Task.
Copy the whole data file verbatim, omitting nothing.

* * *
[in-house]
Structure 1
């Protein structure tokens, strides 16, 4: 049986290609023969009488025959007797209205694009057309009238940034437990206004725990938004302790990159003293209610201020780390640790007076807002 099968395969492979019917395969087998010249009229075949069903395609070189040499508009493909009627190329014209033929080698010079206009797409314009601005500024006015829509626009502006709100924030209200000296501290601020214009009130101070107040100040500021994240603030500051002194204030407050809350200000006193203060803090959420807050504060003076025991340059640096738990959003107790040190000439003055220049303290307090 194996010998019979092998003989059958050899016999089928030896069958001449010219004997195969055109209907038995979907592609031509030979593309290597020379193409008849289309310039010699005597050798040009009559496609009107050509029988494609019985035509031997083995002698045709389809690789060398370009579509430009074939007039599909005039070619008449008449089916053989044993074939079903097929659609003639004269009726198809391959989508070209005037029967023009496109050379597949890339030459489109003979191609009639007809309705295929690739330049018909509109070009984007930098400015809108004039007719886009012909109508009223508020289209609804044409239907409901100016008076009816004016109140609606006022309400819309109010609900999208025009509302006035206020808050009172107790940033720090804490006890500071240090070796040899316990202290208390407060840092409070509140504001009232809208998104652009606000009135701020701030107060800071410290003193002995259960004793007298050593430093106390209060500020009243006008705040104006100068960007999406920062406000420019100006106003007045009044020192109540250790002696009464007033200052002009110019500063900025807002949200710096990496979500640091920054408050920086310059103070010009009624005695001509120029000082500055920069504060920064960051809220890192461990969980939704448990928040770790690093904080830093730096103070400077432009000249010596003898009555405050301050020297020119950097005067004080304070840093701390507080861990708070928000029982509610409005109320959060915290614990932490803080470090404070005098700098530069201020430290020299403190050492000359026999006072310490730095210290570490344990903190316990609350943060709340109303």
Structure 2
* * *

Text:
[in-house]
Structure 1
């Protein structure tokens, strides 16, 4: 049986290609023969009488025959007797209205694009057309009238940034437990206004725990938004302790990159003293209610201020780390640790007076807002 099968395969492979019917395969087998010249009229075949069903395609070189040499508009493909009627190329014209033929080698010079206009797409314009601005500024006015829509626009502006709100924030209200000296501290601020214009009130101070107040100040500021994240603030500051002194204030407050809350200000006193203060803090959420807050504060003076025991340059640096738990959003107790040190000439003055220049303290307090 194996010998019979092998003989059958050899016999089928030896069958001449010219004997195969055109209907038995979907592609031509030979593309290597020379193409008849289309310039010699005597050798040009009559496609009107050509029988494609019985035509031997083995002698045709389809690789060398370009579509430009074939007039599909005039070619008449008449089916053989044993074939079903097929659609003639004269009726198809391959989508070209005037029967023009496109050379597949890339030459489109003979191609009639007809309705295929690739330049018909509109070009984007930098400015809108004039007719886009012909109508009223508020289209609804044409239907409901100016008076009816004016109140609606006022309400819309109010609900999208025009509302006035206020808050009172107790940033720090804490006890500071240090070796040899316990202290208390407060840092409070509140504001009232809208998104652009606000009135701020701030107060800071410290003193002995259960004793007298050593430093106390209060500020009243006008705040104006100068960007999406920062406000420019100006106003007045009044020192109540250790002696009464007033200052002009110019500063900025807002949200710096990496979500640091920054408050920086310059103070010009009624005695001509120029000082500055920069504060920064960051809220890192461990969980939704448990928040770790690093904080830093730096103070400077432009000249010596003898009555405050301050020297020119950097005067004080304070840093701390507080861990708070928000029982509610409005109320959060915290614990932490803080470090404070005098700098530069201020430290020299403190050492000359026999006072310490730095210290570490344990903190316990609350943060709340109303």
Structure 2